San Pedro Head of Police addresses traffic offense controversy and alleged police extortion

Friday, November 9th, 2018

Over the past few weeks, several islanders have complained about the questionable behavior of police when stopped during late-night checkpoints. A number of residents claim they were locked up over night, threatened, and in some cases beaten when found without a driver’s license in their possession. Others allege that police officers have tried to extort drivers, informing them that if a fee is paid, they can avoid further troubles with the law. The officer in Charge of the Coastal Executive Unit (Ambergris Caye and Caye Caulker) Superintendent Reymundo Reyes weighed in on the reported incidents, stating that he has begun to address the allegations within his personnel. He further encourages residents to not allow any law enforcer officer to violate their rights and to report any wrongdoings immediately.

File Photo

The most recent alleged incidents took place during the weekend of October 27th, with various checkpoints taking place in the middle of the night. According to the victims, police officers arrested them for not having their driver’s license. Most of the drivers indicated that they had forgotten their license at home, and instead of being served with a traffic fine, or a defendant summons for the violation, they claimed they were locked up for the remainder of the night. Others claim to have been physically abused and even extorted.
Reyes explained the right procedures when dealing with someone without a driver’s license. According to him, if the person does not have a driver’s license at all, he or she will be charged for driving without owning a valid Belizean driver’s license. The person will be brought to the station, where he or she will be detained for a couple of hours while the paperwork on the charge is done. Reyes said that after this process, the person should be released, not locked up for the night. He said that the same procedure applies to someone whose license has expired. However, Reyes touched on the instances when someone forgets his or her license at home. “Police officers are being asked to get the person’s particulars and give them a time for them to bring their licenses to the officers,” said Reyes. “We are trying to find ways to work with these situations. People with traffic offenses, I do not want to see them here at the station unless it is a grave offense.”

 

Superintendent Reyes

The Commander of the island’s police department also mentioned that he is aware that traffic offenders have been locked up for the night, and that there have been attempts at extortion. “I have brought up the matter to the officers in charge of different teams at the police,” said Reyes. “It is their responsibility to ensure that whenever a police officer brings in a detainee for traffic offenses, the person in charge must look at what the offense is, and if it is something that the person does not need to be locked up for, deal with the person immediately.” Failure to do so would see the officer in charge of that particular police unit for that shift in trouble.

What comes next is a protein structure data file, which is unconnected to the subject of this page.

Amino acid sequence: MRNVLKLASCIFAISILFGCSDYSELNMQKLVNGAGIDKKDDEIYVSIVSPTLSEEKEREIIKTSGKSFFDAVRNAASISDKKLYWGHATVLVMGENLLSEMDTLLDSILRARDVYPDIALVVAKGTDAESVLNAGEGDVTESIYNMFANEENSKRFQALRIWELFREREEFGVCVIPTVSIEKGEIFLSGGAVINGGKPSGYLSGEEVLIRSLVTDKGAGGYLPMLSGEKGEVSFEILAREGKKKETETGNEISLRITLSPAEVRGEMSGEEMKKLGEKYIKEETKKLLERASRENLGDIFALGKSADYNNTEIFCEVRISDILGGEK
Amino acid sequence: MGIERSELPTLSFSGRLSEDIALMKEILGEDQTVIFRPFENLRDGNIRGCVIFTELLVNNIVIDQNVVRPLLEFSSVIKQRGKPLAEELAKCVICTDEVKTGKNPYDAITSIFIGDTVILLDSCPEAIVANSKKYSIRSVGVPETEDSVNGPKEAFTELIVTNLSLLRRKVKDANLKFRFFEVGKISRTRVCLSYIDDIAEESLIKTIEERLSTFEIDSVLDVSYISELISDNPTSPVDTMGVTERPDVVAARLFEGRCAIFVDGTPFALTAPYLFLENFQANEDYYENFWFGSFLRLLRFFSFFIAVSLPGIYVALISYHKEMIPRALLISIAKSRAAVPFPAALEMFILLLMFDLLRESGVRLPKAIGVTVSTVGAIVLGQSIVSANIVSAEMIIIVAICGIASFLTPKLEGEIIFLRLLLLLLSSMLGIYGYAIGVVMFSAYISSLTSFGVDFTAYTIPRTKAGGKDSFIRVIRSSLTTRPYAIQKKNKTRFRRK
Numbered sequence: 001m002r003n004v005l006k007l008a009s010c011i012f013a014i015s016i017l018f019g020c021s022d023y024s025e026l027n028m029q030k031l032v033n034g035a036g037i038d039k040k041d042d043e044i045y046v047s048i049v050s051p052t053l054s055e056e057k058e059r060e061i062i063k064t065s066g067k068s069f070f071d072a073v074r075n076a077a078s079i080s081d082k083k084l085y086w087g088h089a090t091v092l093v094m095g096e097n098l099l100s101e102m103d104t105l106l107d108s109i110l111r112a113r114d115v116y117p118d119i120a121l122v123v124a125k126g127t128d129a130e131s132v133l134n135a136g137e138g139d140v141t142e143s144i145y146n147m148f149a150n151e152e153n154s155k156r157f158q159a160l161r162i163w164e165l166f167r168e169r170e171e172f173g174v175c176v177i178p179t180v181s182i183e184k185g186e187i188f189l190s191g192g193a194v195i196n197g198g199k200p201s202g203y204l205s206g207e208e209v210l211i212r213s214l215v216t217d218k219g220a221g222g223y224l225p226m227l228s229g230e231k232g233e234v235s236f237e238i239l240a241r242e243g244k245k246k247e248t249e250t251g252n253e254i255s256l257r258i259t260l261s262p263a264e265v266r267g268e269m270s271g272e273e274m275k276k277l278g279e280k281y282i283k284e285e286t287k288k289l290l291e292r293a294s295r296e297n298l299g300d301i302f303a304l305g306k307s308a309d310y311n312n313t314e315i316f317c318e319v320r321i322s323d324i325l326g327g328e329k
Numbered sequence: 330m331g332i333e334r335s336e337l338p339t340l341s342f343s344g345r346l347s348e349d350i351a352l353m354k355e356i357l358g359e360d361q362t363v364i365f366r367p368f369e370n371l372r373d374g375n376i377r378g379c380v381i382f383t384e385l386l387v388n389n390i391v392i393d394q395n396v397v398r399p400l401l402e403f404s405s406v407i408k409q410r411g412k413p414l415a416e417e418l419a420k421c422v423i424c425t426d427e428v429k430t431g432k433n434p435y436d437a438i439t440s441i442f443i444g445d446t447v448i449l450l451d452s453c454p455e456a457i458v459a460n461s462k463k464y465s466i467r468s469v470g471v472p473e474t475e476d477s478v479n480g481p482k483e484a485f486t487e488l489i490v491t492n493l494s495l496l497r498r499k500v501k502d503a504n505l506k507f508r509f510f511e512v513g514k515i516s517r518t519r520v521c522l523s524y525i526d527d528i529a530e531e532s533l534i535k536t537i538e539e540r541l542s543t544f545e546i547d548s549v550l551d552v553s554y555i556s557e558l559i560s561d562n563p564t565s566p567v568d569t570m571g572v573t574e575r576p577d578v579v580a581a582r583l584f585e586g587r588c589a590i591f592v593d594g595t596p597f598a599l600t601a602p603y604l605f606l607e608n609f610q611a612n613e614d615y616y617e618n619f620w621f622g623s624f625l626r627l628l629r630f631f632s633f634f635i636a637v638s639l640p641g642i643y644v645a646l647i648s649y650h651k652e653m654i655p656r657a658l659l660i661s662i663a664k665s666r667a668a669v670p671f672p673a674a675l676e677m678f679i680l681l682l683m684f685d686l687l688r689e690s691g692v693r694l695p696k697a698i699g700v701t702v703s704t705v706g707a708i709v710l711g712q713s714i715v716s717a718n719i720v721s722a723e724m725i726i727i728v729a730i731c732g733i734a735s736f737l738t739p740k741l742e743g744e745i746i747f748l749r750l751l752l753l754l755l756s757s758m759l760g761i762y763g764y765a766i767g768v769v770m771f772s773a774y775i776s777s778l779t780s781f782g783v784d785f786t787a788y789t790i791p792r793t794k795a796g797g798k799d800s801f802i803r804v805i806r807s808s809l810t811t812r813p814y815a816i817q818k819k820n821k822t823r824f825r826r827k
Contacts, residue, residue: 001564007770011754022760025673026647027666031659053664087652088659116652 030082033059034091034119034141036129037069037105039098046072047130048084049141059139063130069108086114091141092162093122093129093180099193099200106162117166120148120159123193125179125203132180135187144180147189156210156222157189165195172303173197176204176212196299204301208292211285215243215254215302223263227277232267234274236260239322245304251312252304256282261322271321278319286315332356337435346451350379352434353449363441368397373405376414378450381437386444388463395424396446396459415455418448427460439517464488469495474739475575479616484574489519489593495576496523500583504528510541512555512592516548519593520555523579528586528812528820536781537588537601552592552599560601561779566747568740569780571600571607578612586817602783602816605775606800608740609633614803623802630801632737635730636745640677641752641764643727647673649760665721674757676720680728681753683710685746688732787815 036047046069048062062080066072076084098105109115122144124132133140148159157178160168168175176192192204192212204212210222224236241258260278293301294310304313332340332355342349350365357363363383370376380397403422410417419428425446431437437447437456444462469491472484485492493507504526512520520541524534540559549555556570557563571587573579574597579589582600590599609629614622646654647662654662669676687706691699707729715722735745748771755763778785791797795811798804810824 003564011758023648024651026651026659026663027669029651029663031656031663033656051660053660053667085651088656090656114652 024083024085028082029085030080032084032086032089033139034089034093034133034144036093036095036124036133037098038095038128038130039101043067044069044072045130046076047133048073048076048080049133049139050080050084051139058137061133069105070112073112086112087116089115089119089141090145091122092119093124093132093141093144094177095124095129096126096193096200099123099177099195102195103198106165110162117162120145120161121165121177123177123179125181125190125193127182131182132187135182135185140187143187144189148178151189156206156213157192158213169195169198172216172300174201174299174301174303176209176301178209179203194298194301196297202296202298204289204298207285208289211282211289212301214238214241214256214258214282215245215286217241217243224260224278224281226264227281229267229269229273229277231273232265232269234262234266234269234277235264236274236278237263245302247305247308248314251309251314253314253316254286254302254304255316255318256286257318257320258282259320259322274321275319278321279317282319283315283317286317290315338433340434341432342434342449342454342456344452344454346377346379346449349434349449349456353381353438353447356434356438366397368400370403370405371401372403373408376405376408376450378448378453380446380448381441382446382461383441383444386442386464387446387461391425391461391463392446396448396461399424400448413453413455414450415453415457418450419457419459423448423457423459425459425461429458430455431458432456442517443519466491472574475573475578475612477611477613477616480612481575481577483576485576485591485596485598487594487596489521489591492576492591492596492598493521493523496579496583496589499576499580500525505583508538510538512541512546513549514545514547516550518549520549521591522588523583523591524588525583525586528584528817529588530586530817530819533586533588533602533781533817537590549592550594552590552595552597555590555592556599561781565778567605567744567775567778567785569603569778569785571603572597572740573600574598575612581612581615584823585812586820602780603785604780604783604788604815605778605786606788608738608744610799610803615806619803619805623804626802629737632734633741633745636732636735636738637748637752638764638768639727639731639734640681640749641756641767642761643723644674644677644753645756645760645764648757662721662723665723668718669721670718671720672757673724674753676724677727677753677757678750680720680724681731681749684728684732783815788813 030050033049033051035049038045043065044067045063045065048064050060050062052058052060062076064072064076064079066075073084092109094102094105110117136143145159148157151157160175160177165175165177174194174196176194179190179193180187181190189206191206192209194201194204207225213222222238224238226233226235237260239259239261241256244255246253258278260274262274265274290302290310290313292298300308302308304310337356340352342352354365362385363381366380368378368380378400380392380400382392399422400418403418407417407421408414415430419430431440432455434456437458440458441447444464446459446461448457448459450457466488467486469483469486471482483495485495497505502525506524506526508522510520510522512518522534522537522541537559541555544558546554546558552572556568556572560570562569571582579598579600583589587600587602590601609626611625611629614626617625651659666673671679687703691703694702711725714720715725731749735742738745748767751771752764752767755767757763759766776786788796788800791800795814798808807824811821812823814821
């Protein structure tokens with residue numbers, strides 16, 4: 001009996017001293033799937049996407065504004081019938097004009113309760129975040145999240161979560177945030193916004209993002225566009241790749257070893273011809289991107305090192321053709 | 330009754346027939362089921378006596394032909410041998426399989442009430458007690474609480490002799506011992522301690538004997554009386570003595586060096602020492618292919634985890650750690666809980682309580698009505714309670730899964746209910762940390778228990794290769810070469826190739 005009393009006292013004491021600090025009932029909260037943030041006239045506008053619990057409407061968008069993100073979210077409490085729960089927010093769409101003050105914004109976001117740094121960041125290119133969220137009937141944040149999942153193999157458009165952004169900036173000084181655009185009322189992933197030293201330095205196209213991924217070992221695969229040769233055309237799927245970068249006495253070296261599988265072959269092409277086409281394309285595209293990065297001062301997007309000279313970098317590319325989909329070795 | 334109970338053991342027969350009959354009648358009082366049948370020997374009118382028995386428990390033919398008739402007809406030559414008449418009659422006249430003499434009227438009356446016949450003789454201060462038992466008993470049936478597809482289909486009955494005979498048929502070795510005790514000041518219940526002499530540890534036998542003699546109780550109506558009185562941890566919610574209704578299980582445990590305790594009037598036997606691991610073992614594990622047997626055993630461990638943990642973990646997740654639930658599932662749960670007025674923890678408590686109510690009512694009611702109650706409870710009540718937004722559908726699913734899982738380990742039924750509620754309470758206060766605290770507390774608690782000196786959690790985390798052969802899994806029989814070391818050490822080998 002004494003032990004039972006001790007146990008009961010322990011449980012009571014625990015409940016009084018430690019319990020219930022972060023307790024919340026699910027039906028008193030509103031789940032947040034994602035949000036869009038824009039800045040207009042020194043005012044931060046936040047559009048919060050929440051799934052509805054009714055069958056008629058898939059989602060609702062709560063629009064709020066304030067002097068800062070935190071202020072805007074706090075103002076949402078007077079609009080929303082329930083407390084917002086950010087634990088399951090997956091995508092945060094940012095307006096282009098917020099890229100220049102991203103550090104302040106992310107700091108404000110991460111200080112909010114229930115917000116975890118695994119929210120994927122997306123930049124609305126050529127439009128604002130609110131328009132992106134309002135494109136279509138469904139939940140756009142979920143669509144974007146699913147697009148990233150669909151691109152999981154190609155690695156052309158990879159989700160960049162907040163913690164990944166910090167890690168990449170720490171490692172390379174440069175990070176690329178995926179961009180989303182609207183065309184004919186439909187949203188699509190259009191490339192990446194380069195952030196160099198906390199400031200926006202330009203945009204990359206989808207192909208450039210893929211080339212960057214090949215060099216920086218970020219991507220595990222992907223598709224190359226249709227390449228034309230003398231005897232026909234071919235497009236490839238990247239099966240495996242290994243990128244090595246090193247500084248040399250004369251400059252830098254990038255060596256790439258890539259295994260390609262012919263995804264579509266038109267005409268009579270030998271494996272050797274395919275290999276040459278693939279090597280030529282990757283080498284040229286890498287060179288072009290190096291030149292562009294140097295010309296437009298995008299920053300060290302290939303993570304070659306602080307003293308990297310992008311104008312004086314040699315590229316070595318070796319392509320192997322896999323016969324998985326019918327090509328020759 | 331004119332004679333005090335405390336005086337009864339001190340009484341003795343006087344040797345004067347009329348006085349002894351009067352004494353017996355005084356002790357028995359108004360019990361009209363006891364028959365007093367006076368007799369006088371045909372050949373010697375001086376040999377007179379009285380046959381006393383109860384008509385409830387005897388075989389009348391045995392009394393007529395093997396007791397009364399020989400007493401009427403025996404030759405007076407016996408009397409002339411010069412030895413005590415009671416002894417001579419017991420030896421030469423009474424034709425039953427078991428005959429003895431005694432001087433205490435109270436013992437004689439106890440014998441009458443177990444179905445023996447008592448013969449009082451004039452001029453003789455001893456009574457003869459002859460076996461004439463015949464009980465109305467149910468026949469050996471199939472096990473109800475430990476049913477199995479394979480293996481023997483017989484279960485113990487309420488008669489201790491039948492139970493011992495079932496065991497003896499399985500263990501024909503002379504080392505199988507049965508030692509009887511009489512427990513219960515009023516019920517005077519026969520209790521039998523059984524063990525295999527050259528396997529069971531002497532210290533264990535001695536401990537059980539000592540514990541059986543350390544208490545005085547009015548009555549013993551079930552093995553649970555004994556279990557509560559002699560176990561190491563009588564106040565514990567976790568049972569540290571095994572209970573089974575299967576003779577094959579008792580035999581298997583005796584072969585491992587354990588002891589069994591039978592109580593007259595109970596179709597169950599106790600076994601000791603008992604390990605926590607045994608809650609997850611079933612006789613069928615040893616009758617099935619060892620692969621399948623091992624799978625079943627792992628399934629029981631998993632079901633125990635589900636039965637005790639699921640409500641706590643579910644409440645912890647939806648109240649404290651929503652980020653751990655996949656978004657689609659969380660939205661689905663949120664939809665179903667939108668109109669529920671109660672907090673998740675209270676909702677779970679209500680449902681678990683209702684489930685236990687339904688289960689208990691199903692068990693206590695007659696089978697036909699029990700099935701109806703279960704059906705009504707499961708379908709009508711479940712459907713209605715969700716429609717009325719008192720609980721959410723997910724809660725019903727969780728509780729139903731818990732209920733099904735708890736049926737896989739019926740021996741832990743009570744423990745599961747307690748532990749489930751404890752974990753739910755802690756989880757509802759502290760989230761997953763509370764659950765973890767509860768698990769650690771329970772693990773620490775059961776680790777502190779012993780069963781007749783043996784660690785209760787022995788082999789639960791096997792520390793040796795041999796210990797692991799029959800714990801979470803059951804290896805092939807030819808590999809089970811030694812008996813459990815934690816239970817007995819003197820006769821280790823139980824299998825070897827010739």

On the extortion side, Reyes believes that the community should work along with the police. He encourages that when a police officer stops someone at a checkpoint and tries to extort them, it should not be tolerated. “They should bring it to the attention of the officer that it is wrong, and once I can get evidence of the act, police officers will be arrested and charged,” he said. He also added that such behaviors should be reported immediately and that no one should feel intimidated as the police are here to serve the community.
Chris Nuñez at the San Pedro Traffic Department added that they have a very good relationship with the police department and that they try to have traffic wardens with the police at all checkpoints. Although there is still no 24-hour shift for wardens, they traffic department tries to be available at night and on some occasions wardens have been deployed to areas in town whenever there is a traffic incident. However, Nuñez hopes that when a schedule is organized with information of night checkpoints, his department would be able to assign wardens ahead of time, instead of having some on standby or none available at times during the night.
In the meantime, those who may have being victims of extortion or abuse are encouraged to submit a formal complaint by visiting the police station or they contact Reyes at 629-9857. Any evidence they may have will be used to investigate and penalize any police officer involved in such practice and perhaps deter others from engaging in these illegal activities.

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